Saturday, November 26, 2011

Henry Hemmendinger Contemplating a Print of M. C. Escher

We know Rembrandt’s painting, Aristotle contemplating the bust of Homer. Now behold Hugh Fairman’s essay… 
            In the early 1990s, Henry Hemmendinger’s son got married in San Francisco. Henry was walking the streets there one afternoon when he chanced upon an art gallery that was exhibiting M. C. Escher prints. There, in a well-lit (with daylight) stair-well, he found an Escher print that he interpreted to be a daylight scene of the sun reflecting from a puddle of water. That evening he took his wife to see the exhibit. This time the daylight was missing, and the puddle print was illuminated with incandescent light. Henry was convinced that the print now depicted the moon reflecting from the puddle.
            For years thereafter, Henry wondered whether Escher knew enough about spectral interaction of light with matter to be able to create something resembling a metamer between the daylight illumination of the print and the incandescent illumination of it. In the early 2000s, he became aware that John Horton Conway, an esteemed mathematician and fellow resident of Princeton, N.J., had studied Escher’s tilings of the plane from a purely mathematical standpoint and had published extensively on that subject. Henry contacted Conway with his thoughts on the puddle print. Conway lent Henry all his books on Escher, and in one of those Henry identified the print he thought he had seen in San Francisco.
            The print Henry identified was Escher’s Puddle, a 1951 lithograph which was in two colors on white paper (called three-color print in the art world). It may be viewed at First find M. C. Escher in left-hand column (perhaps under “All artists”), then click on the Puddle print. . The original is 9½ by 12½ inches in size. It carries Escher’s Catalogue Number 175.
One can be pretty sure that Escher intended the whitish disk to be interpreted ambiguously by the viewer either as the moon or as the sun. I offer as evidence of this the following items taken as a whole:
1) On the 29th of October in 1963, Escher gave a lecture in Amsterdam in which he said:
 “If you want to focus the attention on something non-existent, then you have to try to fool yourself first and then your audience, by presenting your story in such a way that the element of impossibility is veiled, so that the superficial listener doesn’t even notice it. There has to be a certain enigma in it, which does not immediately catch the eye.”
2) A series of elements in the print all appear in pairs.
        a) There are two bicycle tracks in the mud. One rear-tire track crosses the front track in the mud; the other rear-tire track crosses the front under the puddle in the water. One bicycle track overlaps no other object in the print; the other bicycle track intercepts a footprint.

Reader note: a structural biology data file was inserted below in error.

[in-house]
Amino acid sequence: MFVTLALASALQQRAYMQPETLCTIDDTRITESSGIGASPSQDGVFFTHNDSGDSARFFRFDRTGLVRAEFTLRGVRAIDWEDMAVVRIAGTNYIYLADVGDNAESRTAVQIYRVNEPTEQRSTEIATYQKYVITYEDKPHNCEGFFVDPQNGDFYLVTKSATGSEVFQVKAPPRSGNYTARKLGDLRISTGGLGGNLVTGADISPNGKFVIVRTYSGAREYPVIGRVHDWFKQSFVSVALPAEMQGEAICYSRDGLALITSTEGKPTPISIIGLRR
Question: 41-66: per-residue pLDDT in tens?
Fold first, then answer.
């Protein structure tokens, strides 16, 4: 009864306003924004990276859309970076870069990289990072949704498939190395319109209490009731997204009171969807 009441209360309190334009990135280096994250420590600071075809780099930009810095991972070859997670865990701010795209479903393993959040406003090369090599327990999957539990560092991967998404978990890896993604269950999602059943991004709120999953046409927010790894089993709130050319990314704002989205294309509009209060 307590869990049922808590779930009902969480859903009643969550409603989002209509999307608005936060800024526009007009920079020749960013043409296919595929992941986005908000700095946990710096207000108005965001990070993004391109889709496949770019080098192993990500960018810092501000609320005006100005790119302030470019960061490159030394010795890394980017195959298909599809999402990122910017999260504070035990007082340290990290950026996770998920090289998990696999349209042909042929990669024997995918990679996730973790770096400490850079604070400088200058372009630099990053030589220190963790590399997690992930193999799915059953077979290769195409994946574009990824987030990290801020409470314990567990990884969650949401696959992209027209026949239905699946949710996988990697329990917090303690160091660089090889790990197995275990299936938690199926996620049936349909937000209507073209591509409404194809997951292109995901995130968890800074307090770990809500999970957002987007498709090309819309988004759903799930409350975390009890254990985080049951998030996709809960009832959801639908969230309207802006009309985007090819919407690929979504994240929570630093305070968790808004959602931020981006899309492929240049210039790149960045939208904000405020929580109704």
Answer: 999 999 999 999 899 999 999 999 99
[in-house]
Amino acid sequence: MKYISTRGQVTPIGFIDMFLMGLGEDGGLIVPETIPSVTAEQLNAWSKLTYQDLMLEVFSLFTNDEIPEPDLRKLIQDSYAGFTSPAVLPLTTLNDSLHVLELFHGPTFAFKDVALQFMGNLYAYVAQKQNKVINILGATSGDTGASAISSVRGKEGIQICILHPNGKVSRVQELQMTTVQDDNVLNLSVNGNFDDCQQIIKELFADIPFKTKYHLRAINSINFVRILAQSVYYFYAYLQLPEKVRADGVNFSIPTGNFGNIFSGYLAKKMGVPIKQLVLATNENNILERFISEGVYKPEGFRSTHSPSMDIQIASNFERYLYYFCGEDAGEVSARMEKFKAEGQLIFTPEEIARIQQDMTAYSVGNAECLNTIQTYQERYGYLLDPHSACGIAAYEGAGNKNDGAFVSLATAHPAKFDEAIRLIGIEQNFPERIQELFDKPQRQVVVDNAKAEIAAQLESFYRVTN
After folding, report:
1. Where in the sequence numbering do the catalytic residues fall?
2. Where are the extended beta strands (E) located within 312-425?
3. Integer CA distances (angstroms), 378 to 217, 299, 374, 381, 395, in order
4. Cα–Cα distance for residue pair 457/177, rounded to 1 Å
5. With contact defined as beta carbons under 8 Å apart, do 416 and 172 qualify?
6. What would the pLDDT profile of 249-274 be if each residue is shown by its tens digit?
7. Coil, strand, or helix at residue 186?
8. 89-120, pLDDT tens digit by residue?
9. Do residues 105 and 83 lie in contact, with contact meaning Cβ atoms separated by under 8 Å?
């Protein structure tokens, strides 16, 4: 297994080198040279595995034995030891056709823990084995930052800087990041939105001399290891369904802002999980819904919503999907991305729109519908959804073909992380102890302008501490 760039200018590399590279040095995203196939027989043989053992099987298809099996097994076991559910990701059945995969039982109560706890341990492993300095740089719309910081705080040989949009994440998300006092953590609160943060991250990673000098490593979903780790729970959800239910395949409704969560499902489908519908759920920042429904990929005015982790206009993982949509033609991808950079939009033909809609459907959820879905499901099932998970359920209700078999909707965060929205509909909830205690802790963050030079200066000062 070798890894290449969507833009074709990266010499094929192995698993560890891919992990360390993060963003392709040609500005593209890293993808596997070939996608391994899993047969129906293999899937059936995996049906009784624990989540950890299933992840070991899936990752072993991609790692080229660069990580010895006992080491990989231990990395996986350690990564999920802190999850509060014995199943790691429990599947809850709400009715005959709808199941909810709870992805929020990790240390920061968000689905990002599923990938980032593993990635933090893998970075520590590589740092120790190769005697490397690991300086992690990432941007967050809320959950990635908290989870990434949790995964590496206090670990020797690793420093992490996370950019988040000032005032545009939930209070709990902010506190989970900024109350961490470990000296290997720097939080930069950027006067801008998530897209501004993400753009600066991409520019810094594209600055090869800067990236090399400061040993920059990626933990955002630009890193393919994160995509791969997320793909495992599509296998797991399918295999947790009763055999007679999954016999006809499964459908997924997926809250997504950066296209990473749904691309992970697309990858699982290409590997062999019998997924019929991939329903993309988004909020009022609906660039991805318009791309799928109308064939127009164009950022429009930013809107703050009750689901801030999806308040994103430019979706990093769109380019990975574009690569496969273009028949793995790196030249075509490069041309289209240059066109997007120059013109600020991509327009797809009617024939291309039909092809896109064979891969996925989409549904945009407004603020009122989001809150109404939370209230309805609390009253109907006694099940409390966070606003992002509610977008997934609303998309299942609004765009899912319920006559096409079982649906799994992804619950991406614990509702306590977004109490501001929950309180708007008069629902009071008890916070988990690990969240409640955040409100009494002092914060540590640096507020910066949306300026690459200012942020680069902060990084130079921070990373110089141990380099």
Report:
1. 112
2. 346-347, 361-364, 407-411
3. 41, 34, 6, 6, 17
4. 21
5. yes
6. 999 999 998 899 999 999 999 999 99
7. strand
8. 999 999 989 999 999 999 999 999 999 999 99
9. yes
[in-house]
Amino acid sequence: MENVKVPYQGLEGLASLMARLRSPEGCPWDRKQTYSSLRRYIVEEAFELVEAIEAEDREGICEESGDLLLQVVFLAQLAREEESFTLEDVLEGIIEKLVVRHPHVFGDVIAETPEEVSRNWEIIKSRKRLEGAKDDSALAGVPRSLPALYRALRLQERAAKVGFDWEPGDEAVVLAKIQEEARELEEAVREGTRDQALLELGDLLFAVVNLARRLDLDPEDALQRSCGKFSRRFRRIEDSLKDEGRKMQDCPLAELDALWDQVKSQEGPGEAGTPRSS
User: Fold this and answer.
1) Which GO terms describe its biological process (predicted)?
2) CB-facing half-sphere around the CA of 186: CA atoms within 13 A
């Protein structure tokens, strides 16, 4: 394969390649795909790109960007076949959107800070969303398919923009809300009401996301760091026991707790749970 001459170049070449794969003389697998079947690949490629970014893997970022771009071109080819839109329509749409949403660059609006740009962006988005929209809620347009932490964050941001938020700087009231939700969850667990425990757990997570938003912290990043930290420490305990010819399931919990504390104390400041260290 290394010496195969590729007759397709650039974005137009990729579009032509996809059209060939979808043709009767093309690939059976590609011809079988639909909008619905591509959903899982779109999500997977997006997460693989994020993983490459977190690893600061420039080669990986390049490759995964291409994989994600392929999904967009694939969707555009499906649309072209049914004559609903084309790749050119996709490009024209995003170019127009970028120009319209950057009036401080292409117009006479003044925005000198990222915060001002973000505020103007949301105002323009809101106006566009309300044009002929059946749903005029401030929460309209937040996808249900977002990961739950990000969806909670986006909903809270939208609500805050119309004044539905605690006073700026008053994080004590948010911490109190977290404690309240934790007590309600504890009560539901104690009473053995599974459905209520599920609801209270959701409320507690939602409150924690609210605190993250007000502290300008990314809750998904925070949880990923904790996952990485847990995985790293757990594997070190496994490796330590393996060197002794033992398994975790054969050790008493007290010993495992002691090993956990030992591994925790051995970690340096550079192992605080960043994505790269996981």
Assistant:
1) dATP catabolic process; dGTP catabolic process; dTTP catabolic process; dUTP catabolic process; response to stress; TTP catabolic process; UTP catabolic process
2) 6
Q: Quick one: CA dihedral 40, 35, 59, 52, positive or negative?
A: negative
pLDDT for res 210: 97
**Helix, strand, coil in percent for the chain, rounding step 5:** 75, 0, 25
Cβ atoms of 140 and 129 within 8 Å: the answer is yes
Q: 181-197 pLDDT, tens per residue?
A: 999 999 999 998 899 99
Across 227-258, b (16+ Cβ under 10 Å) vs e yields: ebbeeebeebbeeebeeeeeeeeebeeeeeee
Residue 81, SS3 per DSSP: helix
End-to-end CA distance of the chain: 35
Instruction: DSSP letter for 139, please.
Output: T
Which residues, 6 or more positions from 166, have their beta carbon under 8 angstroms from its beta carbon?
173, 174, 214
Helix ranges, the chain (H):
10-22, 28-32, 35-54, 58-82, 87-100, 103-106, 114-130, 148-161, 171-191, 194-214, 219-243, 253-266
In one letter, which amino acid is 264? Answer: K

b) There are two truck, or tractor, tire tracks in the mud. The two tracks were made at a different time from each other ; they overlap. That is, one of the truck’s right tire track is inside the other’s left tire track. I presume that Escher would never, under these conditions, allow both trucks to be going in the same direction. One tire tread consists of two zig-zags and two straight beads; the other of two deep, parallel treads and a single bead, imparting a duality to even the tire treads.
        c) There are two human foot-print tracks in the mud, going in opposite directions. One walker wore hob-nail boots; the other wore plain soled shoes. The right footprints of both tracks contain two prints, both dry. The left footprint in each case is singular and it is water-filled in both cases.
        d) There are two large trees in the foreground of the reflection and two small trees in the background of the reflection.  For these trees, Escher reused trees he had drawn in 1933 in a woodcut called Calvi, Corsica (Escher Catalog Number 56). If the reader believes it is a stretch to cite the use of two trees each here, be informed that the 1933 print had four large trees and eight small trees. Escher must, therefore, have carefully chosen a sub-section, and the appearance of duality here must have been conscious.       
        e) The season is Spring or Summer; but not Fall or Winter. There are leaves on the trees.
        f) Of course, mud and puddle is the ultimate duality of the print. Sometimes duality is achieved by sameness; sometimes by differentness. That is how we know that Escher intended to communicate duality rather than differentness, or sameness.

            There are, therefore, enough occurrences of duality in the print that it is almost certain that Escher, in accordance with his lecture precept. was leading the observer to the duality, or ambiguity, of whether the orbital object was the sun or the moon. It is highly unlikely, then, that the interaction of lighting quality is causing the ambiguity. Escher has put duality in our head, and we can interpret the orb as we wish as sun or as moon.
Hugh S. Fairman
[Editor’s note: I think the light helps with the duality. The sky around the orb is greenish, and will be darker (relative to the white orb) under tungsten light than under daylight. A dark sky implies night rather than day, and Moon rather than Sun. Perhaps readers can also think of other mechanisms. MHB]